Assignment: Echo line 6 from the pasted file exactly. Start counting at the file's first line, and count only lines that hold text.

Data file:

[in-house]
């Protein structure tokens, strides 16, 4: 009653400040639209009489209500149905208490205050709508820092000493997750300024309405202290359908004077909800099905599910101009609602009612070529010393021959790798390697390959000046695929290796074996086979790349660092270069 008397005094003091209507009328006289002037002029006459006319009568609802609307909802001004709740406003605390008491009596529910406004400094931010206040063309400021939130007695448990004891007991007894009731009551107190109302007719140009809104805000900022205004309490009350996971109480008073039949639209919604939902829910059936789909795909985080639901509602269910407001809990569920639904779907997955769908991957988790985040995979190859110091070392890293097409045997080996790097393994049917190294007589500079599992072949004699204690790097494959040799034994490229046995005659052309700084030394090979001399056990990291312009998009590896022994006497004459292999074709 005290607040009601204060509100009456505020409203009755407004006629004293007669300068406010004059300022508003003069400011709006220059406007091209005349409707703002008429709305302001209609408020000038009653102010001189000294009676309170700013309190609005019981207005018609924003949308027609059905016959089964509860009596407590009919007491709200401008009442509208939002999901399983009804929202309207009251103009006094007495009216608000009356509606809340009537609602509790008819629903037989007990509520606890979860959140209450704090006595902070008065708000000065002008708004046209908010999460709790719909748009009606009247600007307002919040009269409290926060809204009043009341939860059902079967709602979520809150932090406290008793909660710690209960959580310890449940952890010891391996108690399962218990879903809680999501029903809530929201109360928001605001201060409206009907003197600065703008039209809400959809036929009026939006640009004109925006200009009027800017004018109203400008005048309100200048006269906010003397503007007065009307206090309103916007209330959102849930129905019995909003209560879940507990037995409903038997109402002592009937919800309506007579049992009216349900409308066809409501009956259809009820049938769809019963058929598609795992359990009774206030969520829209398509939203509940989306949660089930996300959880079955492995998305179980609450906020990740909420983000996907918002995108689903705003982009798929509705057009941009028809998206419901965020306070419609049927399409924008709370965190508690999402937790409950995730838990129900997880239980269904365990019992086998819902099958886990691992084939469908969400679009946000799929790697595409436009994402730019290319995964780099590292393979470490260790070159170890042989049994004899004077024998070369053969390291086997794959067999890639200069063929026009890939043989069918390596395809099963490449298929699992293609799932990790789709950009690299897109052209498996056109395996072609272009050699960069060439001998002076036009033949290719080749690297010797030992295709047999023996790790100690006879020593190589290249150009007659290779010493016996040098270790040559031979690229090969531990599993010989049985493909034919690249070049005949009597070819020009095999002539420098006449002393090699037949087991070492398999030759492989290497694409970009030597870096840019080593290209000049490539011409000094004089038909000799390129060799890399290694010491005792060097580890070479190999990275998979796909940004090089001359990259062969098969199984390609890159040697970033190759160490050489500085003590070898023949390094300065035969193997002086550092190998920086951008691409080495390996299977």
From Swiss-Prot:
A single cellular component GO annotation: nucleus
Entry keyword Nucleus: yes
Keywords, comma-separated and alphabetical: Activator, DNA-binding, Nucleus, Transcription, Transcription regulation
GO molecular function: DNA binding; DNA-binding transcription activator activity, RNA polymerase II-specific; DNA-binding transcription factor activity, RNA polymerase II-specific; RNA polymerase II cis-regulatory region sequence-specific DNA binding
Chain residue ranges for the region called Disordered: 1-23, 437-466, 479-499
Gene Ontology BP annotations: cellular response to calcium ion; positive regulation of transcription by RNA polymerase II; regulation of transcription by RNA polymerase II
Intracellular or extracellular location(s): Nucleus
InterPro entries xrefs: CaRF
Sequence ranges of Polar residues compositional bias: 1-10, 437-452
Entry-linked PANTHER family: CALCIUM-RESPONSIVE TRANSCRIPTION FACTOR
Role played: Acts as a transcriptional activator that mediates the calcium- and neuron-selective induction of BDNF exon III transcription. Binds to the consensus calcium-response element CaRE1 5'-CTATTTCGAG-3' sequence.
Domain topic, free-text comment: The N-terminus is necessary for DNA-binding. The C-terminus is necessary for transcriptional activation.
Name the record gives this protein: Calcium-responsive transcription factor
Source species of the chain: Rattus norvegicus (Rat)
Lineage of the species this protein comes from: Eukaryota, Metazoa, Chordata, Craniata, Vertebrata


Keywords, comma-separated and alphabetical: Activator, DNA-binding, Nucleus, Transcription, Transcription regulation